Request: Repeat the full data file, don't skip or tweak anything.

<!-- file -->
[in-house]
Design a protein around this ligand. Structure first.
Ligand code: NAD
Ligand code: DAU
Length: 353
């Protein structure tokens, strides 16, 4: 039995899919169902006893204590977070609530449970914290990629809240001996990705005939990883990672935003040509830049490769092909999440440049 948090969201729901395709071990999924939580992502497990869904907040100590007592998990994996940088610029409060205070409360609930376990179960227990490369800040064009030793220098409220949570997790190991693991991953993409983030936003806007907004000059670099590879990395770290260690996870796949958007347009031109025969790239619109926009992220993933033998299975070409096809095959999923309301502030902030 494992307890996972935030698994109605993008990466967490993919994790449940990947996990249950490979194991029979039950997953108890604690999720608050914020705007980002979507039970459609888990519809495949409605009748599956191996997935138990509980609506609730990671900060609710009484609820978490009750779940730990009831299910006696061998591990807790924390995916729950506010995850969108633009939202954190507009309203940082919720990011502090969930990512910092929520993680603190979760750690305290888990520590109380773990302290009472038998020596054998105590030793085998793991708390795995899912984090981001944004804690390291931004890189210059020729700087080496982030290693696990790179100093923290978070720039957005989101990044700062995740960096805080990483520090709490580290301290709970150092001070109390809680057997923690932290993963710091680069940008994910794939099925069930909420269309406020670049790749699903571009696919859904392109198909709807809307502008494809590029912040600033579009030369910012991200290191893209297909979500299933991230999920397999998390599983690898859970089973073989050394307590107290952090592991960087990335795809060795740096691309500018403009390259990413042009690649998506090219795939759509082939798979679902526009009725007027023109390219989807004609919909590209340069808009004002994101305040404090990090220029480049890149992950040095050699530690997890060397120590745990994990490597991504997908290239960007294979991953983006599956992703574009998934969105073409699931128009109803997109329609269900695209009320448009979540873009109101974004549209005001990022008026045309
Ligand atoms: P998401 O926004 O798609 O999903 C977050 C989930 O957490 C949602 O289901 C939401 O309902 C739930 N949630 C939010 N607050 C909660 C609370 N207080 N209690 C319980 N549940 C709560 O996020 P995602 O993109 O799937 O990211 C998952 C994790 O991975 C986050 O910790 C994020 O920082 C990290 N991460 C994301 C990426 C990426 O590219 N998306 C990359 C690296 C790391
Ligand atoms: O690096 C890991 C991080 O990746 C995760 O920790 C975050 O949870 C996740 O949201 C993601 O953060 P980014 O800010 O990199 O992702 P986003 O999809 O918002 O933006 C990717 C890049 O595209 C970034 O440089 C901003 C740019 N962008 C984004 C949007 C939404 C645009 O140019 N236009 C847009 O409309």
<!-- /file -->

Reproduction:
[in-house]
Design a protein around this ligand. Structure first.
Ligand code: NAD
Ligand code: DAU
Length: 353
């Protein structure tokens, strides 16, 4: 039995899919169902006893204590977070609530449970914290990629809240001996990705005939990883990672935003040509830049490769092909999440440049 948090969201729901395709071990999924939580992502497990869904907040100590007592998990994996940088610029409060205070409360609930376990179960227990490369800040064009030793220098409220949570997790190991693991991953993409983030936003806007907004000059670099590879990395770290260690996870796949958007347009031109025969790239619109926009992220993933033998299975070409096809095959999923309301502030902030 494992307890996972935030698994109605993008990466967490993919994790449940990947996990249950490979194991029979039950997953108890604690999720608050914020705007980002979507039970459609888990519809495949409605009748599956191996997935138990509980609506609730990671900060609710009484609820978490009750779940730990009831299910006696061998591990807790924390995916729950506010995850969108633009939202954190507009309203940082919720990011502090969930990512910092929520993680603190979760750690305290888990520590109380773990302290009472038998020596054998105590030793085998793991708390795995899912984090981001944004804690390291931004890189210059020729700087080496982030290693696990790179100093923290978070720039957005989101990044700062995740960096805080990483520090709490580290301290709970150092001070109390809680057997923690932290993963710091680069940008994910794939099925069930909420269309406020670049790749699903571009696919859904392109198909709807809307502008494809590029912040600033579009030369910012991200290191893209297909979500299933991230999920397999998390599983690898859970089973073989050394307590107290952090592991960087990335795809060795740096691309500018403009390259990413042009690649998506090219795939759509082939798979679902526009009725007027023109390219989807004609919909590209340069808009004002994101305040404090990090220029480049890149992950040095050699530690997890060397120590745990994990490597991504997908290239960007294979991953983006599956992703574009998934969105073409699931128009109803997109329609269900695209009320448009979540873009109101974004549209005001990022008026045309
Ligand atoms: P998401 O926004 O798609 O999903 C977050 C989930 O957490 C949602 O289901 C939401 O309902 C739930 N949630 C939010 N607050 C909660 C609370 N207080 N209690 C319980 N549940 C709560 O996020 P995602 O993109 O799937 O990211 C998952 C994790 O991975 C986050 O910790 C994020 O920082 C990290 N991460 C994301 C990426 C990426 O590219 N998306 C990359 C690296 C790391
Ligand atoms: O690096 C890991 C991080 O990746 C995760 O920790 C975050 O949870 C996740 O949201 C993601 O953060 P980014 O800010 O990199 O992702 P986003 O999809 O918002 O933006 C990717 C890049 O595209 C970034 O440089 C901003 C740019 N962008 C984004 C949007 C939404 C645009 O140019 N236009 C847009 O409309």